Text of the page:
Requirements for testing

Class I

Class I are low risk of illness or injury devices.[5] Around seventy-five percent of Class I devices, and a small number of class II devices qualify for exempt status. This means there is no requirement for safety data.[5]

Class II

Class II are devices with moderate risk.[5] Class I and Class II devices are subject to less stringent regulatory processes than Class III devices.[5] Class I or II devices are focused on registration, manufacturing, and labeling.[5] In general they do not require clinical data.[5] Most class II devices go through a PMN (a 510[k]) clearance.[5] The PMN will not require stringent clinical trial evidence.[5]

Class III

Class III are devices which support or sustain human life, are of substantial importance in preventing impairment of human health, or present a potential, unreasonable risk of illness or injury.[5]

All new devices by default are placed in the class III category.[5] The FDA then requires these devices to undergo stringent clinical reviews.[5] For these reviews, the FDA require some type of clinical evidence or trials.[5] If the sponsor believes the device is low to moderate risk, the sponsor may apply to change this default classification.[5] The FDA, upon review may then reclassify these devices as de novo.[5] De novo devices require a less rigorous FDA regulatory process[5] and the FDA treats de novo devices like class I and II devices.[5]

Class III devices with predicates

Class III devices with predicates (devices with a substantially equivalent device already on the market) are reclassified as class I or II devices.[5] This is done through a 513(g) pathway.[5] Class III devices reclassified as a class I or II, are then subject to less stringent testing requirements.[5] As reclassified class II devices they would require a PMN (501[k]) process,[5] not the PMA process.[5]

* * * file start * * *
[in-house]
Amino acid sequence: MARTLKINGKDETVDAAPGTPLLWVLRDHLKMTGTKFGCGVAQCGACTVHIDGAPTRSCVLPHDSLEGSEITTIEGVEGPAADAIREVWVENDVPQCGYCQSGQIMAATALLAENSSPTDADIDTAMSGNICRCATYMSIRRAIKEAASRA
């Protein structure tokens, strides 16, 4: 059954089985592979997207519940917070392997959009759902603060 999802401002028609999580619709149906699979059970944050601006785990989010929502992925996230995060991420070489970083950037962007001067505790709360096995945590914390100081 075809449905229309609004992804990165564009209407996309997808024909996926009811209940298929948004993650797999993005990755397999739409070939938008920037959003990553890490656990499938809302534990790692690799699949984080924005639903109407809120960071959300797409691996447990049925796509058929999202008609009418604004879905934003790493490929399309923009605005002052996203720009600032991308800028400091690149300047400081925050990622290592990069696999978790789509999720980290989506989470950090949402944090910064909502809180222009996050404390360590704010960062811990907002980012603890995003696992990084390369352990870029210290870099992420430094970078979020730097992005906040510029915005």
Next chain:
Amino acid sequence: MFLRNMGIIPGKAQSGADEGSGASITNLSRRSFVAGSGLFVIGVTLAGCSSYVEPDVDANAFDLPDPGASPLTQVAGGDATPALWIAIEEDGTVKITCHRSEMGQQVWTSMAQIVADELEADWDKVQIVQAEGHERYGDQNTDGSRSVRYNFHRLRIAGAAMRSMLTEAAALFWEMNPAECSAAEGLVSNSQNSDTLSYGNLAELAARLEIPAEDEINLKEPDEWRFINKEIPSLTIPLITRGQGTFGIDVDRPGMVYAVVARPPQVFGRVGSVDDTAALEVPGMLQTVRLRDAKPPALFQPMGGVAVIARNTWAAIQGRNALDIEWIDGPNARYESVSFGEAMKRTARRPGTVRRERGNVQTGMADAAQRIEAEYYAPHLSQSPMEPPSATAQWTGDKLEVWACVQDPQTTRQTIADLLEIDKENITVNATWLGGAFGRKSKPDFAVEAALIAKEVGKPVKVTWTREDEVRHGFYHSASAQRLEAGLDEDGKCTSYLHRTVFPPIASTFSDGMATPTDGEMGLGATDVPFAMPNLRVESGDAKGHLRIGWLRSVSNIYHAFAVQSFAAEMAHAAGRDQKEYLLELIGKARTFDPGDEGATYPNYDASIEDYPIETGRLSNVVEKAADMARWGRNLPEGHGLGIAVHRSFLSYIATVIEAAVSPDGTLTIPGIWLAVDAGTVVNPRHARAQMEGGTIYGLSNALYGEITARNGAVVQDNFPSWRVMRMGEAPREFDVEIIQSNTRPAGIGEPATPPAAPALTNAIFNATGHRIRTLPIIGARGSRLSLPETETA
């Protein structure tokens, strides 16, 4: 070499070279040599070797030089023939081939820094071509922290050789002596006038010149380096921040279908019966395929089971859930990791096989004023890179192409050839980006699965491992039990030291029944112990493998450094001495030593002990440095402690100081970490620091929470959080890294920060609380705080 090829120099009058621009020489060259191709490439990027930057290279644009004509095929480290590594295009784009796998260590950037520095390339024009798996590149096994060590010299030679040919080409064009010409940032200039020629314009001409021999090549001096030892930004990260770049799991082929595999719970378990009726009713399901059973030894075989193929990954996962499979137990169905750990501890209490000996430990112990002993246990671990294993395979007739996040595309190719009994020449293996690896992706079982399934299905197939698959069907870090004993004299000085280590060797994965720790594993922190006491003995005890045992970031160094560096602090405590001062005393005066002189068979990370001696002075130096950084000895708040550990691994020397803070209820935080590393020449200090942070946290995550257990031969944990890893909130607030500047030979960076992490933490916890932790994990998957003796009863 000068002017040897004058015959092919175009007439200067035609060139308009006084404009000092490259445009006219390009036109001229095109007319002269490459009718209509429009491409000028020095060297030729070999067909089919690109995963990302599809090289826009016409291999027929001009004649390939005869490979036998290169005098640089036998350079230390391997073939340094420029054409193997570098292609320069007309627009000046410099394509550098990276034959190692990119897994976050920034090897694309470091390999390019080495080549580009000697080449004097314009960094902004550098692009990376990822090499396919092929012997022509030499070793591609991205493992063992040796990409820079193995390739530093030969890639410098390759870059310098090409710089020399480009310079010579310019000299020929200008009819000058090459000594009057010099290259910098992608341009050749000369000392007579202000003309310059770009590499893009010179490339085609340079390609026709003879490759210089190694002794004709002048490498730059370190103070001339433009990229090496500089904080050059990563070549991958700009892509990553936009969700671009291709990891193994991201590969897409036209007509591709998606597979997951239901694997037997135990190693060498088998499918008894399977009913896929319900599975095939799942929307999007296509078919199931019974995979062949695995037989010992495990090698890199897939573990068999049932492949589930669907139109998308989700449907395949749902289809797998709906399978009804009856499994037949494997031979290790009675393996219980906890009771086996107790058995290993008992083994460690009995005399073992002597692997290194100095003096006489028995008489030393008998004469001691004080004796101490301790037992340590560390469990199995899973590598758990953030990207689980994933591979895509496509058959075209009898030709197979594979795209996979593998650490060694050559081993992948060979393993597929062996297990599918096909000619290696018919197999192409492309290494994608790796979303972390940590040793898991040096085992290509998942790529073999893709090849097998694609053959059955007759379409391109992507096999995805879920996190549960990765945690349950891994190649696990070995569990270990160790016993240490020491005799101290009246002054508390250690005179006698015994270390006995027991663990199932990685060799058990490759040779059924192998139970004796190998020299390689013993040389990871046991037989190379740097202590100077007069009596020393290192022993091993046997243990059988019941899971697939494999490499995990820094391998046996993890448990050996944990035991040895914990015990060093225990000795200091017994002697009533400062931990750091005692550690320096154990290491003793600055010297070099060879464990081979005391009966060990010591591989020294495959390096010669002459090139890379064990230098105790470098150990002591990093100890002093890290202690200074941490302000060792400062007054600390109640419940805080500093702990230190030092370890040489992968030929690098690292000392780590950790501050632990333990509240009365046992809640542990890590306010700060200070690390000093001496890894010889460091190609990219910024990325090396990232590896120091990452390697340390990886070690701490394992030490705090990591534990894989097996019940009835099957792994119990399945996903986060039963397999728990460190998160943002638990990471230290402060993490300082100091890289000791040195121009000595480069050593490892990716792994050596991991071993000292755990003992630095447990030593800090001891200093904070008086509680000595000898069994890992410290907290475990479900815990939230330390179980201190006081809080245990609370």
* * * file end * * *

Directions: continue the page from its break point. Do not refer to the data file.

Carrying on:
Regulatory Controls

General Controls

General controls include provisions that relate to:

  • adulteration
  • misbranding
  • device registration and listing
  • premarket notification
  • banned devices
  • notification, including repair, replacement, or refund
  • records and reports
  • restricted devices
  • good manufacturing practices[6]

Special Controls

Special controls were established for cases in which patient safety and product effectiveness are not fully guaranteed by general controls. Special controls may include special labeling requirements, mandatory performance standards and postmarket surveillance.[7] Special controls are specific to each device and classification guides are available for various branches of medical devices.[8]

Premarket Approval

Premarket Approval is a scientific review to ensure the device's safety and effectiveness, in addition to the general controls of Class I.[9][7]

Risk Classification

Under the Food, Drug, and Cosmetic Act, the U.S. Food and Drug Administration recognizes three classes of medical devices, based on the level of control necessary to assure safety and effectiveness.[9] The classification procedures are described in the Code of Federal Regulations, Title 21, part 860 (usually known as 21 CFR 860).[10] Devices are classified into three brackets:

  • Class I: General Controls
  • Class II: General Controls and Special Controls
  • Class III: General Controls and Premarket Approval[11]